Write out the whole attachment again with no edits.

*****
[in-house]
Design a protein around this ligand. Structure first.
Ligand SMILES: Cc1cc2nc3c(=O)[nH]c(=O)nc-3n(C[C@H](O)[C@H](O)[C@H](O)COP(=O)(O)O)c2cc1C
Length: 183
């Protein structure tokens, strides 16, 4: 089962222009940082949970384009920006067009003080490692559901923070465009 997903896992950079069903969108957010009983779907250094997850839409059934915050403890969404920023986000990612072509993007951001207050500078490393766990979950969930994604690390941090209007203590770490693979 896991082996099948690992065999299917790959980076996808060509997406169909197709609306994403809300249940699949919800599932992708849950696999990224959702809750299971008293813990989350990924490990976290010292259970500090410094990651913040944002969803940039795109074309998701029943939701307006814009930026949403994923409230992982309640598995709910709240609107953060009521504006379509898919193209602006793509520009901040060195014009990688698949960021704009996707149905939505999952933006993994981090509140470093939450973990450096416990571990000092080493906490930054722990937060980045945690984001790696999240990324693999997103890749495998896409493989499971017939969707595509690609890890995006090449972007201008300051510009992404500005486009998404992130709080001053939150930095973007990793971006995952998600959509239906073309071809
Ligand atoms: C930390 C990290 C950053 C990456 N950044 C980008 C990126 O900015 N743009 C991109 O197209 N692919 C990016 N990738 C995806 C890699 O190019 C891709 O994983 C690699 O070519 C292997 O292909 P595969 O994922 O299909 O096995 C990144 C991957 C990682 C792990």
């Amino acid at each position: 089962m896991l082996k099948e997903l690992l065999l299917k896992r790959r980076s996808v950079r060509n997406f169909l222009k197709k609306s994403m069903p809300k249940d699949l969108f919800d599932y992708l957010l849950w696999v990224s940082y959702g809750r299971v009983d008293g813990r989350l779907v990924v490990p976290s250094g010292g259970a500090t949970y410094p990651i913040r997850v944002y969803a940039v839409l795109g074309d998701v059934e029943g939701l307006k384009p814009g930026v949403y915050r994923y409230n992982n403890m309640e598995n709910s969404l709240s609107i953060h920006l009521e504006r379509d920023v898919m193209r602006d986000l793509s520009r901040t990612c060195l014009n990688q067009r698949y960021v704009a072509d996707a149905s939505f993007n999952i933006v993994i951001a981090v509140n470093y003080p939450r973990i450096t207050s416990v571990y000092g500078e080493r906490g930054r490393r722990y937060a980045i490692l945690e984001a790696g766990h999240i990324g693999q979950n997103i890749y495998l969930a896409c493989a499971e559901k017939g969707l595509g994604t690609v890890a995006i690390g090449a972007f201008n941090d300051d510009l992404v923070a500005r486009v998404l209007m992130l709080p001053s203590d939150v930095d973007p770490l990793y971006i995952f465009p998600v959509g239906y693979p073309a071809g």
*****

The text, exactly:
[in-house]
Design a protein around this ligand. Structure first.
Ligand SMILES: Cc1cc2nc3c(=O)[nH]c(=O)nc-3n(C[C@H](O)[C@H](O)[C@H](O)COP(=O)(O)O)c2cc1C
Length: 183
């Protein structure tokens, strides 16, 4: 089962222009940082949970384009920006067009003080490692559901923070465009 997903896992950079069903969108957010009983779907250094997850839409059934915050403890969404920023986000990612072509993007951001207050500078490393766990979950969930994604690390941090209007203590770490693979 896991082996099948690992065999299917790959980076996808060509997406169909197709609306994403809300249940699949919800599932992708849950696999990224959702809750299971008293813990989350990924490990976290010292259970500090410094990651913040944002969803940039795109074309998701029943939701307006814009930026949403994923409230992982309640598995709910709240609107953060009521504006379509898919193209602006793509520009901040060195014009990688698949960021704009996707149905939505999952933006993994981090509140470093939450973990450096416990571990000092080493906490930054722990937060980045945690984001790696999240990324693999997103890749495998896409493989499971017939969707595509690609890890995006090449972007201008300051510009992404500005486009998404992130709080001053939150930095973007990793971006995952998600959509239906073309071809
Ligand atoms: C930390 C990290 C950053 C990456 N950044 C980008 C990126 O900015 N743009 C991109 O197209 N692919 C990016 N990738 C995806 C890699 O190019 C891709 O994983 C690699 O070519 C292997 O292909 P595969 O994922 O299909 O096995 C990144 C991957 C990682 C792990």
């Amino acid at each position: 089962m896991l082996k099948e997903l690992l065999l299917k896992r790959r980076s996808v950079r060509n997406f169909l222009k197709k609306s994403m069903p809300k249940d699949l969108f919800d599932y992708l957010l849950w696999v990224s940082y959702g809750r299971v009983d008293g813990r989350l779907v990924v490990p976290s250094g010292g259970a500090t949970y410094p990651i913040r997850v944002y969803a940039v839409l795109g074309d998701v059934e029943g939701l307006k384009p814009g930026v949403y915050r994923y409230n992982n403890m309640e598995n709910s969404l709240s609107i953060h920006l009521e504006r379509d920023v898919m193209r602006d986000l793509s520009r901040t990612c060195l014009n990688q067009r698949y960021v704009a072509d996707a149905s939505f993007n999952i933006v993994i951001a981090v509140n470093y003080p939450r973990i450096t207050s416990v571990y000092g500078e080493r906490g930054r490393r722990y937060a980045i490692l945690e984001a790696g766990h999240i990324g693999q979950n997103i890749y495998l969930a896409c493989a499971e559901k017939g969707l595509g994604t690609v890890a995006i690390g090449a972007f201008n941090d300051d510009l992404v923070a500005r486009v998404l209007m992130l709080p001053s203590d939150v930095d973007p770490l990793y971006i995952f465009p998600v959509g239906y693979p073309a071809g």